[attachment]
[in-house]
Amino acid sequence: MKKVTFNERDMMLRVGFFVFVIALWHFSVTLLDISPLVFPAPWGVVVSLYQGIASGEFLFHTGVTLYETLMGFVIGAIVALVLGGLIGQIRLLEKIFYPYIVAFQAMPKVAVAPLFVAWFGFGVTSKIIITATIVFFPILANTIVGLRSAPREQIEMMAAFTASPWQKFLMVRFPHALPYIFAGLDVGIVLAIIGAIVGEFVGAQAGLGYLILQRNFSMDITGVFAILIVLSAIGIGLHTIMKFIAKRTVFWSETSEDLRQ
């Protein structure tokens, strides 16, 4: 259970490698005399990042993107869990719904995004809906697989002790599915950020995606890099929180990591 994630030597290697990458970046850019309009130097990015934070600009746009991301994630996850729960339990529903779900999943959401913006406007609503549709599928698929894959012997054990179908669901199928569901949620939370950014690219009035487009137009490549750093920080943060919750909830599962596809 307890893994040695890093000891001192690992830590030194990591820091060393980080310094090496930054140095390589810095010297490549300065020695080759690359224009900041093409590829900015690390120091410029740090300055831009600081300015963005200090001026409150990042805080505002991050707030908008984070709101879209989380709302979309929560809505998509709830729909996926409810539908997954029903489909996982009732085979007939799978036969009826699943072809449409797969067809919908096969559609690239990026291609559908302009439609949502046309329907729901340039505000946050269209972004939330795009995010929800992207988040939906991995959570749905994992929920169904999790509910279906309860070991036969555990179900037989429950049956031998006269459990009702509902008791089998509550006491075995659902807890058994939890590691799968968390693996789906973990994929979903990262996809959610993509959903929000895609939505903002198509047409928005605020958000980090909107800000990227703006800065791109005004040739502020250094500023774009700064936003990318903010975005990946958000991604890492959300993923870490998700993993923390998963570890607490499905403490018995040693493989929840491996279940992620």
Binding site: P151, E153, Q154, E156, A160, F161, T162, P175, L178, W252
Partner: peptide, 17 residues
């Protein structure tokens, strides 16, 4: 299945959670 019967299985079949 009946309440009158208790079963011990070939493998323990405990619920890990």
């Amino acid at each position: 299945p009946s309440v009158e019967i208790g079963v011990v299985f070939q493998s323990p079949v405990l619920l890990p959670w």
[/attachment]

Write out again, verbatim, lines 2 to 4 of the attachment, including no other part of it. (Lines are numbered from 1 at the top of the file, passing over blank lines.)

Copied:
Amino acid sequence: MKKVTFNERDMMLRVGFFVFVIALWHFSVTLLDISPLVFPAPWGVVVSLYQGIASGEFLFHTGVTLYETLMGFVIGAIVALVLGGLIGQIRLLEKIFYPYIVAFQAMPKVAVAPLFVAWFGFGVTSKIIITATIVFFPILANTIVGLRSAPREQIEMMAAFTASPWQKFLMVRFPHALPYIFAGLDVGIVLAIIGAIVGEFVGAQAGLGYLILQRNFSMDITGVFAILIVLSAIGIGLHTIMKFIAKRTVFWSETSEDLRQ
């Protein structure tokens, strides 16, 4: 259970490698005399990042993107869990719904995004809906697989002790599915950020995606890099929180990591 994630030597290697990458970046850019309009130097990015934070600009746009991301994630996850729960339990529903779900999943959401913006406007609503549709599928698929894959012997054990179908669901199928569901949620939370950014690219009035487009137009490549750093920080943060919750909830599962596809 307890893994040695890093000891001192690992830590030194990591820091060393980080310094090496930054140095390589810095010297490549300065020695080759690359224009900041093409590829900015690390120091410029740090300055831009600081300015963005200090001026409150990042805080505002991050707030908008984070709101879209989380709302979309929560809505998509709830729909996926409810539908997954029903489909996982009732085979007939799978036969009826699943072809449409797969067809919908096969559609690239990026291609559908302009439609949502046309329907729901340039505000946050269209972004939330795009995010929800992207988040939906991995959570749905994992929920169904999790509910279906309860070991036969555990179900037989429950049956031998006269459990009702509902008791089998509550006491075995659902807890058994939890590691799968968390693996789906973990994929979903990262996809959610993509959903929000895609939505903002198509047409928005605020958000980090909107800000990227703006800065791109005004040739502020250094500023774009700064936003990318903010975005990946958000991604890492959300993923870490998700993993923390998963570890607490499905403490018995040693493989929840491996279940992620």
Binding site: P151, E153, Q154, E156, A160, F161, T162, P175, L178, W252